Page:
Labour would aim to reduce immigration numbersby Benedict Collins
The policy is likely to target low-skilled worker categories.
Labour leader Andrew Little is expected to release the details of his party's immigration policy today in Auckland.
In a pre-announcement statement, Mr Little said the government was failing to manage the pressures created by record immigration levels.
"New Zealand is a vibrant modern multicultural society and we have been made all the richer for immigration.
"But National has not kept up with the infrastructure, housing, and public services we need to handle the current record level of immigration," Mr Little said.
RNZ understands Labour's immigration policy will target low-skilled worker categories.
Labour's statement said there were 90,000 young New Zealanders not in work or study, and more needed to be done to upskill and train them.
It was understood Labour would also reduce the number of students entering New Zealand for low-level education courses, and stop students being able to work for a year after their courses have finished.
Mr Little said the National government had been caught asleep at the wheel.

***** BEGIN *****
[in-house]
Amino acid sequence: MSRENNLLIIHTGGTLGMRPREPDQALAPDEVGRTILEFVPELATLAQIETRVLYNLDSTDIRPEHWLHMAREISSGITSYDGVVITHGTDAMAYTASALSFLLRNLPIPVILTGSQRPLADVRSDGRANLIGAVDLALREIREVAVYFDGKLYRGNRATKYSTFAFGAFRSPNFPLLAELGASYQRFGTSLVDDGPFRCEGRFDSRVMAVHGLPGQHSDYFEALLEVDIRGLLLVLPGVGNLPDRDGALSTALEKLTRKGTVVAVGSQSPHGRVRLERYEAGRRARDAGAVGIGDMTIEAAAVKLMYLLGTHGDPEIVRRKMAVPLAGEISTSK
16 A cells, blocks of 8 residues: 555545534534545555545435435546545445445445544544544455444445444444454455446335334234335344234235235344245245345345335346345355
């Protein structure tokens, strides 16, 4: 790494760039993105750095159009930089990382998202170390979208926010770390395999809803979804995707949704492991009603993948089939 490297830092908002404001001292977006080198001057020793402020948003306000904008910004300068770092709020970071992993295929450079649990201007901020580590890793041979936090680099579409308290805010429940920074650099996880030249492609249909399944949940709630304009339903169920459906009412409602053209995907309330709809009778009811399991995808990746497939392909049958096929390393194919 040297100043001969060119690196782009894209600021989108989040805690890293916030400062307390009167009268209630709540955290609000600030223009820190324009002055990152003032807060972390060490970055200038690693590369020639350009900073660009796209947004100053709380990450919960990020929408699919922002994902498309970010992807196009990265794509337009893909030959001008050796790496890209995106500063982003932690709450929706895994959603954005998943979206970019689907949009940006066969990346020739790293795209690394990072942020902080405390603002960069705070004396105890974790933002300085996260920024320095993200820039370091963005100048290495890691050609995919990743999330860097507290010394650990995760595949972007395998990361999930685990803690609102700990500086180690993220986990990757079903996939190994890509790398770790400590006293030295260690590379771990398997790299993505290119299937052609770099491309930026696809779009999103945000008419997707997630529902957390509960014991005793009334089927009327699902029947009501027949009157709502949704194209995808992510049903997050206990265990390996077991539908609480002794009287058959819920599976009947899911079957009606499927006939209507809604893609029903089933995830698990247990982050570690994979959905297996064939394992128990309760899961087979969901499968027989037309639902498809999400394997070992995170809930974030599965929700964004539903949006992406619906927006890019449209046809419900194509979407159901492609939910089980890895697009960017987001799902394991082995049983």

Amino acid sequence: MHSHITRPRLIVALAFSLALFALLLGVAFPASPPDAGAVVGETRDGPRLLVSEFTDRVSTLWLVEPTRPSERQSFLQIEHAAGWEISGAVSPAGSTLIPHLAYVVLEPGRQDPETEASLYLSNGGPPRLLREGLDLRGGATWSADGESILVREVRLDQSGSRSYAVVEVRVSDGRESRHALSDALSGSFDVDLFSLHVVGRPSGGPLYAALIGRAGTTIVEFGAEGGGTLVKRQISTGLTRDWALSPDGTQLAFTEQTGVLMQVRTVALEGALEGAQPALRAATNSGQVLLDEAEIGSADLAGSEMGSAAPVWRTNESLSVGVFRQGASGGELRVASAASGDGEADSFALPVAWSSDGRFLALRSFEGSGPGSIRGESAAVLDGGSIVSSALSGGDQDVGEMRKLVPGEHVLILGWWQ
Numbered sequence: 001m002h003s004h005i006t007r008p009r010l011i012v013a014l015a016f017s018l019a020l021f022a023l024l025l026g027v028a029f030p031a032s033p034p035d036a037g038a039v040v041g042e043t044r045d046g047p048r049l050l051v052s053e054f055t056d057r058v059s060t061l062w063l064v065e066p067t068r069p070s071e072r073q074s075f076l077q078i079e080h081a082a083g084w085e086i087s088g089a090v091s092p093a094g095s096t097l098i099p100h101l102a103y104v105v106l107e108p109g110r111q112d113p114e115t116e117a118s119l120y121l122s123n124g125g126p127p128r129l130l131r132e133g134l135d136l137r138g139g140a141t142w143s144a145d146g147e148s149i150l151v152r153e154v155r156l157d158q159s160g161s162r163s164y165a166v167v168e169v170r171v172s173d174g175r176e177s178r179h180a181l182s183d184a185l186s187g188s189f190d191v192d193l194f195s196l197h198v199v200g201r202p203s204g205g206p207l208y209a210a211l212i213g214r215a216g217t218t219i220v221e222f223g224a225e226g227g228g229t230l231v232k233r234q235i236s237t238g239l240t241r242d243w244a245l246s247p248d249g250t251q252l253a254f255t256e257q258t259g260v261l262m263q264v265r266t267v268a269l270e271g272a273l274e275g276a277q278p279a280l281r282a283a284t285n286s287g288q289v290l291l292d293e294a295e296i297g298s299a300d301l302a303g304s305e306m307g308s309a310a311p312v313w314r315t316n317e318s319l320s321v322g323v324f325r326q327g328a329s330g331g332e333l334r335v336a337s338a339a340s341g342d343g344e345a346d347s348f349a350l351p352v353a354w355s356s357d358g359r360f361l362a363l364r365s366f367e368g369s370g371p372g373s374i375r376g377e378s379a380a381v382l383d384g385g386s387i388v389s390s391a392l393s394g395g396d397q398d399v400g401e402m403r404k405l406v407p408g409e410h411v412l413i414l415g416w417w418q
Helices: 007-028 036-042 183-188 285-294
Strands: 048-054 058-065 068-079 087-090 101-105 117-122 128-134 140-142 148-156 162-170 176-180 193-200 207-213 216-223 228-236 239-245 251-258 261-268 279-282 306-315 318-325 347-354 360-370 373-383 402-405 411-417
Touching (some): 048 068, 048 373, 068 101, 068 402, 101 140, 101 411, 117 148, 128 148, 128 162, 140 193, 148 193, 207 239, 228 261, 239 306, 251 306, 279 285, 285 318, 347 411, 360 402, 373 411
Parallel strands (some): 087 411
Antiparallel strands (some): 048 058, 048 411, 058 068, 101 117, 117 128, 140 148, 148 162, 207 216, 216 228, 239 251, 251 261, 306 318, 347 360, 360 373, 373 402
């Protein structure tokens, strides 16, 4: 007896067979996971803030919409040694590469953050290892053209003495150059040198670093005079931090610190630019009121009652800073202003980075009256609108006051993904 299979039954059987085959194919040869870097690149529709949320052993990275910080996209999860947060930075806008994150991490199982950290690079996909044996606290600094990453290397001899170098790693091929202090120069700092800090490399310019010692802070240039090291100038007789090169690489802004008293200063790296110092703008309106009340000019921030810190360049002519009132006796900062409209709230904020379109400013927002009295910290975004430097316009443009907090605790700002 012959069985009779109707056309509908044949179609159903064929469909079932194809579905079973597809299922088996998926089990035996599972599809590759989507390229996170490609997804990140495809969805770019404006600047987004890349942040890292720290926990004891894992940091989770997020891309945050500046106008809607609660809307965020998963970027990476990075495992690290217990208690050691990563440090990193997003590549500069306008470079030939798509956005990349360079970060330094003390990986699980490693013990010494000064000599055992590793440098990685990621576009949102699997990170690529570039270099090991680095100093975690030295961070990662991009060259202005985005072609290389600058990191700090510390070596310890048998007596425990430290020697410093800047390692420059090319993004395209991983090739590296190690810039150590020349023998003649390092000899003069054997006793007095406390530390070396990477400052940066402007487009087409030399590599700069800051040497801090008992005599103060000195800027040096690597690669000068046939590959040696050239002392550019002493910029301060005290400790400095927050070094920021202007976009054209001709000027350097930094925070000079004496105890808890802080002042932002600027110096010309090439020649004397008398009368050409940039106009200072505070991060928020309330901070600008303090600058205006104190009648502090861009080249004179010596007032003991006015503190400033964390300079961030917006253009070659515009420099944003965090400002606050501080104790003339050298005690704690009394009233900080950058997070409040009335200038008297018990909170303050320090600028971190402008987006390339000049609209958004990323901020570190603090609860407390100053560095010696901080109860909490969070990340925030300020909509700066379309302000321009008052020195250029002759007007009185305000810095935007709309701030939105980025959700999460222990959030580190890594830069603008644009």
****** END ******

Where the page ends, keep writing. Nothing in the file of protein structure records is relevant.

"Four years ago, the Budget projected net immigration of 37,000 people from 2013 to 2016; the actual figure was 173,000.
"National had no plan in place for those extra 130,000 people - they were caught napping," Mr Little said.
But Prime Minister Bill English told Morning Report Labour's plan to drastically cut immigration would stall the country's economic growth.
Mr English said businesses he had spoken to said they had vacancies that need filling immediately.
With near-full employment in some areas, it did not make sense to slash the number of people coming into the country, he said.
"We have to build the houses, we have to build the roads and the water pipes to support the houses - that's for people who are here now.
"Slashing the immigration - whatever you think of it - slashing it when you need the people to do the jobs that must be done, it doesn't make any sense."
This article was originally published by RNZ.
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